Theodicy: the 'good' view of viruses (Introduction)

by dhw, Saturday, November 06, 2021, 07:52 (22 days ago) @ David Turell

DAVID: […] God is omnipotent, omniscient, and knowing the results in advance set up the current systems of edits to prevent as many errors as He could.

dhw: He has total power over everything, and he knows everything, but He couldn’t design an error-free system, and he didn’t know how to correct some of the errors it produced, although amazingly he designed the brains that enable us to correct some of the errors he couldn’t correct. And he did not design this system because he WANTED it as it is, but because despite his omnipotence and omniscience, and his wishing he could do it differently, the conditions he created gave him no choice. Poor, helpless, all-powerful, all-knowing God.

DAVID: Not helpless: He invented life after He invented our universe. Lets imagine a human example of a perfectly designed process.

The example you gave was a system invented by fallible humans, depending on fallible humans. Your conclusion is the same as ever: An all-powerful, all-knowing God “recognized errors could occur, in the only design that would produce life.” Still limited in his power, forced by the conditions he created to design a system containing errors he wished didn’t happen, tried to correct and sometimes failed, but luckily he gave us the brains to do what he couldn’t do.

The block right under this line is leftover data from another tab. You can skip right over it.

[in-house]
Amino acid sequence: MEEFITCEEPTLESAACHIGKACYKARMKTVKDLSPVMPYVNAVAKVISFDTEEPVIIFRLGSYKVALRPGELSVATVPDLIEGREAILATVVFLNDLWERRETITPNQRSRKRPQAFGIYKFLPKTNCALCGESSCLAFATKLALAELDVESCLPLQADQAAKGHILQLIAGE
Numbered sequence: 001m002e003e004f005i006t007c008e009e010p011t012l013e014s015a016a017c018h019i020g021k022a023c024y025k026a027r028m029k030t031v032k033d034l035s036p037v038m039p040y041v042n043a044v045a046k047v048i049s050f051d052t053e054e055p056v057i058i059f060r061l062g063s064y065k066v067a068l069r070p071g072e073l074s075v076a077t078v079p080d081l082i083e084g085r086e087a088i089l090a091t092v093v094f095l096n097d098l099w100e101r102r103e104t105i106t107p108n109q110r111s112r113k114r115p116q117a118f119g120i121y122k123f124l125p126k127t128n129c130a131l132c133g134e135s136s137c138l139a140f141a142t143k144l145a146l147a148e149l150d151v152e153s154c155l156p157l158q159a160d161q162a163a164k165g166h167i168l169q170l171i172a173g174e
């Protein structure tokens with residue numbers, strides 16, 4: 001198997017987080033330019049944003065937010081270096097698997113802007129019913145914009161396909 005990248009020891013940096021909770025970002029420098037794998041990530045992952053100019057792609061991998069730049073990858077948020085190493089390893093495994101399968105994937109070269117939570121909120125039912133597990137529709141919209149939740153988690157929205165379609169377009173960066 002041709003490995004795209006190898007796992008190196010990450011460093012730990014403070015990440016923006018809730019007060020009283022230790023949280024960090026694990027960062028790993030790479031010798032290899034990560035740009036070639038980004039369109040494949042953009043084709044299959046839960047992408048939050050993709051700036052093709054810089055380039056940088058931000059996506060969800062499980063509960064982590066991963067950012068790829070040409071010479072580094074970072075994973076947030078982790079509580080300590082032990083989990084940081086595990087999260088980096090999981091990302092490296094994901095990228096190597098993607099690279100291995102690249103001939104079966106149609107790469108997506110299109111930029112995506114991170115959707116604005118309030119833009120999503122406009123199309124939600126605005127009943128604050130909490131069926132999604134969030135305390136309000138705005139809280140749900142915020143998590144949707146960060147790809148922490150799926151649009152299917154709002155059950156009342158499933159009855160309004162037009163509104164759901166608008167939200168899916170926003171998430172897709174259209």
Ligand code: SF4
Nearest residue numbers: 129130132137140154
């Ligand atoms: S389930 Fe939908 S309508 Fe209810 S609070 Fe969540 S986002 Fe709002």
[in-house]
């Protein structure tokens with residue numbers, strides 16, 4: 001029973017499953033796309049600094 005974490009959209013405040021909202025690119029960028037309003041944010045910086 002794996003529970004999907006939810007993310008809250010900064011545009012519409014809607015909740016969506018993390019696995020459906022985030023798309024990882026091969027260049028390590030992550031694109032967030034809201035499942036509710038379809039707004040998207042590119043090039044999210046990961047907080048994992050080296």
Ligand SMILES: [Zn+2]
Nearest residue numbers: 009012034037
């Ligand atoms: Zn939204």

The good viruses do
DAVID: I never ignored the bad. I'm trying to establish the degree of bad with you. How huge is it or how small as a percentage of all of us? US male life expectancy is about 78 years. Is that good or bad? 10,000 years ago it was thought to have been in the forties. Much longer now despite all God's terrible errors? Why? How?

dhw: So instead of discussing the problem of theodicy (i.e. why an all-good God would produce bad things) you want to discuss the amount of good versus bad. Not only that, but we should focus on all the wonderful things humans have done in order to increase our resistance to the errors your omnipotent, omniscient God could not prevent. Well done us, for increasing our life expectancy!

DAVID: I asked for a bad percentage in your eyes. No answer. Is it too small for debate?

It is irrelevant, and in any case you are picking on just one example of the bad. I pointed out to you that according to some statisticians, 42% of Americans will suffer from cancer. You said it was 20%. If you want figures, I’d say that even 20% was large enough for debate. But the bad in the world is not confined to errors in the system or even to bad bacteria and viruses. Apart from natural disasters which cause untold destruction, suffering and death, we have the innate selfishness which lies at the very heart of much of the world’s evil, and theoretically you can trace this back to the very beginnings of evolution: survival is the key, and although there is goody-goody cooperation, there is also baddy-baddy egotism symbolized, for example, by the necessity for some animals to kill and eat others in order to survive. Why would a kindly, all-good God devise a system which engenders such horrors? THAT is the problem of theodicy which you want us to ignore.

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